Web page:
“My teachers spend just as much time with me as the other students. If there are people on the spectrum and they’re capable of attending mainstream school then they should be allowed to.”

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The parentsNSW

► Asa proud father with not “much of a filter”, Federation Council administrator Mike Eden felt compelled to replyto Pauline Hanson’s attack on children with autism.

The former top flight rugby league player directed a tweet at Senator Hanson after she told parliament students with autism should be separated from others.

Albury West Public School captain Will Eden, who has Asperger’s syndrome, with his mate Jacob Horne. Picture: SIMON BAYLISS

“Hi @PaulineHansonOz My son is 12 & has Autism he transitioned into mainstream & is now School captain Should school “to get rid of him” ??” Mr Eden wrote.

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► Bathurst mother Vanessa Comiskey says inclusion is the key for students with disabilities in the education system.“Children to be supported,made to feel genuinely accepted and allowed to participate equally,” she said.

► Pauline Hanson’s call for children with autism and disabilities to be removed from mainstream classrooms is“antiquated” and “ludicrous,” Hunter parents and disability advocates say.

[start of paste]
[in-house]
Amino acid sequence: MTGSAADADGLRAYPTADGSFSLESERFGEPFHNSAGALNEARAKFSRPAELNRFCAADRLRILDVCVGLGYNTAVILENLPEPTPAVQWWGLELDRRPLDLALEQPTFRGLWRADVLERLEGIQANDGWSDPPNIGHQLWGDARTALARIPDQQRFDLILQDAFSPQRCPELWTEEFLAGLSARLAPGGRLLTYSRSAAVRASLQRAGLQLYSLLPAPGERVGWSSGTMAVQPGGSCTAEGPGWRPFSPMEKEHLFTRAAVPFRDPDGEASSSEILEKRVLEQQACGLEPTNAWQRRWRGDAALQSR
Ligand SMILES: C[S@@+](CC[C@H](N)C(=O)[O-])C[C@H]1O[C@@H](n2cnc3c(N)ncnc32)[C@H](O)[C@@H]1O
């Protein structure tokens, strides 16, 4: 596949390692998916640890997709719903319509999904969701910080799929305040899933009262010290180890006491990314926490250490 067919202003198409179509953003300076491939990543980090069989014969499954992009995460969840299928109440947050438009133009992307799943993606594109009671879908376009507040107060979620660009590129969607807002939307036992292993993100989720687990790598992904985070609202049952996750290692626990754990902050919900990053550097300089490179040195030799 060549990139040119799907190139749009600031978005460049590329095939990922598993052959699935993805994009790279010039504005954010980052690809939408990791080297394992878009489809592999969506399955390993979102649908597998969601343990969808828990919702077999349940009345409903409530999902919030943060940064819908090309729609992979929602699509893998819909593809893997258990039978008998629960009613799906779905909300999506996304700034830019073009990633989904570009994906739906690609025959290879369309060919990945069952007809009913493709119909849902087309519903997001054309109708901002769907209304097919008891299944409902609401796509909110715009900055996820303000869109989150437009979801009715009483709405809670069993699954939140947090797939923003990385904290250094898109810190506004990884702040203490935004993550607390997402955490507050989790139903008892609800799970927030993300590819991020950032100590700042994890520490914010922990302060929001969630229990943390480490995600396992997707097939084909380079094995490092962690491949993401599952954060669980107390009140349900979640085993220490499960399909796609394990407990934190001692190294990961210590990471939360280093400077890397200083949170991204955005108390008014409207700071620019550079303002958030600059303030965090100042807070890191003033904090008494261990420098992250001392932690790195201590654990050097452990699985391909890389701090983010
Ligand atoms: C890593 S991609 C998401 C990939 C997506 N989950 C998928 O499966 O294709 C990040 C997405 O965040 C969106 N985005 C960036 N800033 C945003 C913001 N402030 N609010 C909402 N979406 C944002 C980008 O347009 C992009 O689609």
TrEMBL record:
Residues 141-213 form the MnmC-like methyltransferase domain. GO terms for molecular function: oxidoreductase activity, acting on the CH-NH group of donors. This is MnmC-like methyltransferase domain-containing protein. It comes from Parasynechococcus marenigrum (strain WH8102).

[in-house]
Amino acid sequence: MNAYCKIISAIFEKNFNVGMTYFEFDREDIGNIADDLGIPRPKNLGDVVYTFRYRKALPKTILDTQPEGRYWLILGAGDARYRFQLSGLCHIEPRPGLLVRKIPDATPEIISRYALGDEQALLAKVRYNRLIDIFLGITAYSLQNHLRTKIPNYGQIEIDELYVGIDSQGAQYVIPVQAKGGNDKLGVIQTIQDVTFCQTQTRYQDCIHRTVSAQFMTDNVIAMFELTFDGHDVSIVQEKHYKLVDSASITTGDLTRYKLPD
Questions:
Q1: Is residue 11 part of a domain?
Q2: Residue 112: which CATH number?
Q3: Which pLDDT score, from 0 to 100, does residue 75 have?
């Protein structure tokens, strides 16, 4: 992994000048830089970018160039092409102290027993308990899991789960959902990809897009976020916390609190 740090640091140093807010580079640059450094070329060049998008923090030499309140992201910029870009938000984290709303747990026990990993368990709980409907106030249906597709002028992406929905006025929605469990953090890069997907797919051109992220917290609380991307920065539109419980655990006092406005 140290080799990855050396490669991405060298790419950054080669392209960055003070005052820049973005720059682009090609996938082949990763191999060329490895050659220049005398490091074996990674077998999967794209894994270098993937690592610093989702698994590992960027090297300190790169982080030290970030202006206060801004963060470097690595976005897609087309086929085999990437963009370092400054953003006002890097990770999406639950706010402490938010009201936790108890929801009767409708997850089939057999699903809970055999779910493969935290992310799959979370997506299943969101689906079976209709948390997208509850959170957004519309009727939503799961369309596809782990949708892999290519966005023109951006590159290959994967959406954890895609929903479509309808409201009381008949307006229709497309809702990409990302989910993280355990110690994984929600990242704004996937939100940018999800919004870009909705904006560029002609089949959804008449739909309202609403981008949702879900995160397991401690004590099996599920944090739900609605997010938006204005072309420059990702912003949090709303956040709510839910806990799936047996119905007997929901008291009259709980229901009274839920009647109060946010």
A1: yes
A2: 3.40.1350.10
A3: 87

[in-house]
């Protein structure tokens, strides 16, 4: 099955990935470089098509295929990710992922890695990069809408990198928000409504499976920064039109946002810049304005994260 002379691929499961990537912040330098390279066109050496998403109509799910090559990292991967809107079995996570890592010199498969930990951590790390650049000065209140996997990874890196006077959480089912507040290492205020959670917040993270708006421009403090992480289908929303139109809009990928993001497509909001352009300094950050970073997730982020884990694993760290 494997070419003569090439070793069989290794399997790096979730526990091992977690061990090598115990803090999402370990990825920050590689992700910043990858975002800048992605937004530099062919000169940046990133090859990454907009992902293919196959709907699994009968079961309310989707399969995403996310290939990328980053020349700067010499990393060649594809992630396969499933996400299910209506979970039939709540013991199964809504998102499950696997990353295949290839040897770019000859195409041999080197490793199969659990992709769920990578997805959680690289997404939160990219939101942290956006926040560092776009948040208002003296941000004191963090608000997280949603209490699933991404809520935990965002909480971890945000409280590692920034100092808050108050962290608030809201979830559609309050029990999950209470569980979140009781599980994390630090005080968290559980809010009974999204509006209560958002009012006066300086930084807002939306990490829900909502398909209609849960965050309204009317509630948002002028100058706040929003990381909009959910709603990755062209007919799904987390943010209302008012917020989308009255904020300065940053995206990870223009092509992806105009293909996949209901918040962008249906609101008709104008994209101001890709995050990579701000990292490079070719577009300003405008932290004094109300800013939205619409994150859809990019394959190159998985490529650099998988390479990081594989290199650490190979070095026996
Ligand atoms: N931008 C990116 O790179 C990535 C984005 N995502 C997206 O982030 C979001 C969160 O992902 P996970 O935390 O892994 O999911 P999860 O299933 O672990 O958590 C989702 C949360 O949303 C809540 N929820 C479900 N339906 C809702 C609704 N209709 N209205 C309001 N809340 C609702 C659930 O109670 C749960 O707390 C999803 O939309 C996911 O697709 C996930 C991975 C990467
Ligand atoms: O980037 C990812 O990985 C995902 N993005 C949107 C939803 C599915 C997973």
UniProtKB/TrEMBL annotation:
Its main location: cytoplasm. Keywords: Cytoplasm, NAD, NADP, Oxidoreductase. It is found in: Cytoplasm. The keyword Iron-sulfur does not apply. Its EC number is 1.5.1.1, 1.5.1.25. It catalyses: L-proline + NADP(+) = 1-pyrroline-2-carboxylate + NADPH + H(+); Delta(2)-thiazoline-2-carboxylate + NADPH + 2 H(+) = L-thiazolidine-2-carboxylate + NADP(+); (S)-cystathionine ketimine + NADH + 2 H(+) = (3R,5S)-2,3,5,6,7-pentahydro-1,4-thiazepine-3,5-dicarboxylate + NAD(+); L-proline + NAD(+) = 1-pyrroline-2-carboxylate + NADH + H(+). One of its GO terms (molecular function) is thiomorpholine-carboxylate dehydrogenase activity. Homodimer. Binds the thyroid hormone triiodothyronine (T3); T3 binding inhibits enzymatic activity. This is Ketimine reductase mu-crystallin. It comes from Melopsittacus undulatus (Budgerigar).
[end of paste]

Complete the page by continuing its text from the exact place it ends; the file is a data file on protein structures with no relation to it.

Lisa Ogle says mainstream education has worked for her daughter, Edie Hall, 13, who loves going to school. Picture: Jonathan Carroll.

Lisa Ogle, of Islington, said her severely disabled daughter, Edie, had been in mainstream classrooms from day one, at the suggestion of a school counsellor.

“Because of her very high, complex needs, initially I just assumed she would go to a special school,” Ms Ogle said.“It was really a trial–at first.

“We have seen mainstream education work for my daughter, and the other children around her.”

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Victoria

► Horsham mother Amanda Contal wants to see changes to education to ensure more children with disabilities have a chance to thrive.Ms Contal’s son Tristan, 7, has autism and attends Horsham Special School.

“I was shocked by Pauline Hanson’s comments,” she said.

“It was a very narrow point of view about children with autism because there is such a huge spectrum.

“It broke my heart to hear her comments–I couldn’t believe it.”

► Angela Dobbin has fought for eight years to get her two boys the support they need.

Angela and Allister Dobbin with their two sons, Harryson, 12, and Flynn, six. Both boys have autism, but require different kinds of support. Picture: Lachlan Bence.

Harryson, 12, and Flynn, six, both have autism.

Harryson, who now attends Ballarat Specialist School, was ostracised and bullied by his peers at his previous mainstream primary schools, his mother said.

Because his IQ was deemed “too high” the family had to fight for four years for him to get him appropriate support.

Flynn, whose autism is less severe, wants to be an engineer. He started in a mainstream primary school this year.

Both boys are “thriving” in their respective schools, Mrs Dobbin said.

“Every autistic child is different in the way they learn. It’s like any child, no two children are the same,” the mother-of-three said.

“They all need to be treated as equal. My boys can contribute to the future, they can teach people to be tolerant.”